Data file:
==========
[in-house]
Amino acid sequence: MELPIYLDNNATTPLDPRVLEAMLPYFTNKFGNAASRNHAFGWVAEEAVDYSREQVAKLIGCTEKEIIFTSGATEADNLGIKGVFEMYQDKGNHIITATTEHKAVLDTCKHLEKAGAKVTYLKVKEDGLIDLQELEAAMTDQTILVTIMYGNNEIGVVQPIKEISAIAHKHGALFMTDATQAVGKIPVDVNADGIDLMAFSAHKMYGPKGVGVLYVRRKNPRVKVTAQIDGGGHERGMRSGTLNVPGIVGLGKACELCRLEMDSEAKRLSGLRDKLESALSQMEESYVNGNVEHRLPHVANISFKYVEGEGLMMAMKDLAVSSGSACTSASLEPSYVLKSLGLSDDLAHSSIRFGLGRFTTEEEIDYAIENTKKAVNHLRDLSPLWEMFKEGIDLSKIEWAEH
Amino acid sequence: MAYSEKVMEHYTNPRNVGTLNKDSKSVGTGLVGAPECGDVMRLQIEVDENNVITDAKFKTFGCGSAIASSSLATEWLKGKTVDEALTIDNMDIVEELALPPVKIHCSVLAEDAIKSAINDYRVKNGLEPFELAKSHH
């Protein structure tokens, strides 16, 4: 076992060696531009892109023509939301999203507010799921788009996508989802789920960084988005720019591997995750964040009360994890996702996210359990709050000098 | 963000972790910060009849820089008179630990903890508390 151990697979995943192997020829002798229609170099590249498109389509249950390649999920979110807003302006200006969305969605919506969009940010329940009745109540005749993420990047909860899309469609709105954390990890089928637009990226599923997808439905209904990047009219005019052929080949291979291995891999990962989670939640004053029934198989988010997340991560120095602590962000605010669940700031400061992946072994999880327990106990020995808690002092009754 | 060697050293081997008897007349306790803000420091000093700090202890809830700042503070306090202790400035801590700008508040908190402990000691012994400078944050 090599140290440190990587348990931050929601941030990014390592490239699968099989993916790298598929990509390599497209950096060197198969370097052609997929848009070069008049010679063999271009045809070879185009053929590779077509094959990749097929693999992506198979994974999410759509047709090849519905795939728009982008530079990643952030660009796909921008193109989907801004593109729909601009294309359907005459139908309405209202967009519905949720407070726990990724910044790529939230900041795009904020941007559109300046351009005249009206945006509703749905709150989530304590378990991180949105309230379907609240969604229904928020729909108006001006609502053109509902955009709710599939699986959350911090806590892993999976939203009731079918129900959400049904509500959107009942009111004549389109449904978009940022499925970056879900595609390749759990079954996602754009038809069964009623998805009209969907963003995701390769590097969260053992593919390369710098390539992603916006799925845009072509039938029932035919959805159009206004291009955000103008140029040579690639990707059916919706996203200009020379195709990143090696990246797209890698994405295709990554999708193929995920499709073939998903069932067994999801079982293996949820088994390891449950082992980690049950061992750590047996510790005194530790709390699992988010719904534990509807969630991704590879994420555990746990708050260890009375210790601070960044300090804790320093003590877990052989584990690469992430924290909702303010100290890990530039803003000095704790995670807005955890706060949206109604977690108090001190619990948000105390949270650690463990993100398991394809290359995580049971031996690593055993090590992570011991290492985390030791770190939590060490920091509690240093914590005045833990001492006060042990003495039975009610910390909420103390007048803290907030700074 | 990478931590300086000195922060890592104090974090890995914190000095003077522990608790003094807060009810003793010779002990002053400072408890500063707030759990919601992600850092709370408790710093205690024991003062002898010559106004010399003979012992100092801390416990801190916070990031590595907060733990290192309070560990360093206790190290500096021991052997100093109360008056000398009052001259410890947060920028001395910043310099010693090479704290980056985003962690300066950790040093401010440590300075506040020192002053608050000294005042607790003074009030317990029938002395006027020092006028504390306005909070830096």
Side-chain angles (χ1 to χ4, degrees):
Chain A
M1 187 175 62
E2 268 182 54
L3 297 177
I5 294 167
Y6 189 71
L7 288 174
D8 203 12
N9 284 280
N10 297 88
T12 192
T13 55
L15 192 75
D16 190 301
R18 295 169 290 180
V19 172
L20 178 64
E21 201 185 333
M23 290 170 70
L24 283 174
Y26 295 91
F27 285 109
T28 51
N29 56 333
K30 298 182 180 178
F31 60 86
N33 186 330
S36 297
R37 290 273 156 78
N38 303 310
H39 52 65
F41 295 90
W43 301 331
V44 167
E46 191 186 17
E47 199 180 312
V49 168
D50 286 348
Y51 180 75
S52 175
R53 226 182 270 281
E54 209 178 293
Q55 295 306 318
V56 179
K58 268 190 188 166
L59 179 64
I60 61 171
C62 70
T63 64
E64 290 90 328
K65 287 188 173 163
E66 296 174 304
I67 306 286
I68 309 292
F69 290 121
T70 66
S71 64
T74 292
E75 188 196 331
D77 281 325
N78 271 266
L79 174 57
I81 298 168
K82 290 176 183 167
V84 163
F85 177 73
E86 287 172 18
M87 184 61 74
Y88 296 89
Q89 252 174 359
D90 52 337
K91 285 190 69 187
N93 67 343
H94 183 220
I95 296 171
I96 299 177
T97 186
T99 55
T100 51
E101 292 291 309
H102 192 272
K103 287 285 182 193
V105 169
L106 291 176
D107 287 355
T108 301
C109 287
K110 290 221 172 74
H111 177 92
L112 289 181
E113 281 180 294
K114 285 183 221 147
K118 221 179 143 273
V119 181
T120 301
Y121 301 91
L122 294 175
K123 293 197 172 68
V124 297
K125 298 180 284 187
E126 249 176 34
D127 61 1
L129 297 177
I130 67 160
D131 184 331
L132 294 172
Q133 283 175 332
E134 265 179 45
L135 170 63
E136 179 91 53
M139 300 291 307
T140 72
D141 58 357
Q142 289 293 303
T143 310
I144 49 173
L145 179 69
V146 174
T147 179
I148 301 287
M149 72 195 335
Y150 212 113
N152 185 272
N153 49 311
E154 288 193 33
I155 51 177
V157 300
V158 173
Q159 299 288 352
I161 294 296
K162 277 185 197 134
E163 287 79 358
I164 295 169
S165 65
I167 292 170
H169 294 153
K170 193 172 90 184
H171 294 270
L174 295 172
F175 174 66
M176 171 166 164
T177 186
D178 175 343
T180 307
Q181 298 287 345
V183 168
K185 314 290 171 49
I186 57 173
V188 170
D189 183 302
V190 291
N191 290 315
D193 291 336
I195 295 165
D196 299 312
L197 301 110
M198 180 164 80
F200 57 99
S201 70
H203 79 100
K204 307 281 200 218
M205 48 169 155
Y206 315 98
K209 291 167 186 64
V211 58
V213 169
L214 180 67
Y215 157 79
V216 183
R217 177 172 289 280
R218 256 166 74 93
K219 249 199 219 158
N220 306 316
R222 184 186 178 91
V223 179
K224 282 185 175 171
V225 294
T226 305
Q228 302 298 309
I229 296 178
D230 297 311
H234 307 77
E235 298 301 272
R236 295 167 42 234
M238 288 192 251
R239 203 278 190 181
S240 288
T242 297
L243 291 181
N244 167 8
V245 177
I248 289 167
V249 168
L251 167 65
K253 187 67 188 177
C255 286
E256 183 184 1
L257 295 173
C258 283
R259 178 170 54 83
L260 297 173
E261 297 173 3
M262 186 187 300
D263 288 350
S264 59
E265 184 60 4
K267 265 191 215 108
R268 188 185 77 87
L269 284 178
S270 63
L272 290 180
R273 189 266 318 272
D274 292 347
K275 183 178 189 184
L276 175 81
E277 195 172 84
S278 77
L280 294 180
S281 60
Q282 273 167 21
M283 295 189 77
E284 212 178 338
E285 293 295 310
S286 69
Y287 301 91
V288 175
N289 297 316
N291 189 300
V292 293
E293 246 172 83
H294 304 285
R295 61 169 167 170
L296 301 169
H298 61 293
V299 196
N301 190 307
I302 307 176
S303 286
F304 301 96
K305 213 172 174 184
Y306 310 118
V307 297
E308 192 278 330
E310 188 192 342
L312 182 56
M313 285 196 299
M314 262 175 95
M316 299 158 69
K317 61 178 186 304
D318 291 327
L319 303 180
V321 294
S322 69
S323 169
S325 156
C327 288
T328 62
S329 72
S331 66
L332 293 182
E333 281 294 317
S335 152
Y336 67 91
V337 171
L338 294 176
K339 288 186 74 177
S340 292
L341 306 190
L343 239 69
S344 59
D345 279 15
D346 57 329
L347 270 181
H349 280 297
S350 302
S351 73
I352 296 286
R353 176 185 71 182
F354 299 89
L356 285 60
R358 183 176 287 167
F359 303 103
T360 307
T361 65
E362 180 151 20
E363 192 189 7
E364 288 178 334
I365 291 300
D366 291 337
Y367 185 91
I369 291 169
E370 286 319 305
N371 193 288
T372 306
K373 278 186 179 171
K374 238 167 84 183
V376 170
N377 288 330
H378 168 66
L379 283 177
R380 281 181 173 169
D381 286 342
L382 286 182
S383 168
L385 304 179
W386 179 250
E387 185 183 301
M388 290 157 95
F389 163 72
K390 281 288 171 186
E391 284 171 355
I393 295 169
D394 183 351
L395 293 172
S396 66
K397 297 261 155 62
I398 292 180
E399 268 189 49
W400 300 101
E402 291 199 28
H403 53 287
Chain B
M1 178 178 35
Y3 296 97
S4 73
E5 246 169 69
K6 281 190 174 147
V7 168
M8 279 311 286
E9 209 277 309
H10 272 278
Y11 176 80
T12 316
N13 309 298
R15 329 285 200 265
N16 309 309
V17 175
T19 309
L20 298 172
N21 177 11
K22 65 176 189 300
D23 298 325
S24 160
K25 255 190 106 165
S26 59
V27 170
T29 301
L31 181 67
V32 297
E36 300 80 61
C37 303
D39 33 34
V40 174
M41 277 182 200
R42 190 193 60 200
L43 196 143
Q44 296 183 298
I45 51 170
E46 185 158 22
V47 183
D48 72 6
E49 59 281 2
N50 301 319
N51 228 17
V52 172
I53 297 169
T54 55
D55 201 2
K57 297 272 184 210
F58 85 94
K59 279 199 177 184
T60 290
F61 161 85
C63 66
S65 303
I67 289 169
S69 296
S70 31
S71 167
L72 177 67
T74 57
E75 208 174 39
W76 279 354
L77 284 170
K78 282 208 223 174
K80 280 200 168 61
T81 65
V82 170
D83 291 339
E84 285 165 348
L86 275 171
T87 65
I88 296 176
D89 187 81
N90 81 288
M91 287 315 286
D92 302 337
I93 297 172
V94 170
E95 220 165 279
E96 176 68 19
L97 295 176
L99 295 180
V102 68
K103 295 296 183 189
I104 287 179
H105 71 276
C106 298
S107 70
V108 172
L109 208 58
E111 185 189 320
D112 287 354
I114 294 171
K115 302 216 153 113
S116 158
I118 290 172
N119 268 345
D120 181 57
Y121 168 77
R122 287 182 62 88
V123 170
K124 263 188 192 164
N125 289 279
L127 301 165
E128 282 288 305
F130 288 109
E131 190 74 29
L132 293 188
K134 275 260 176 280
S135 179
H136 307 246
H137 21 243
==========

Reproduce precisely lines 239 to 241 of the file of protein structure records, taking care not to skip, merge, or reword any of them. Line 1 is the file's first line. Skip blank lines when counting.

H298 61 293
V299 196
N301 190 307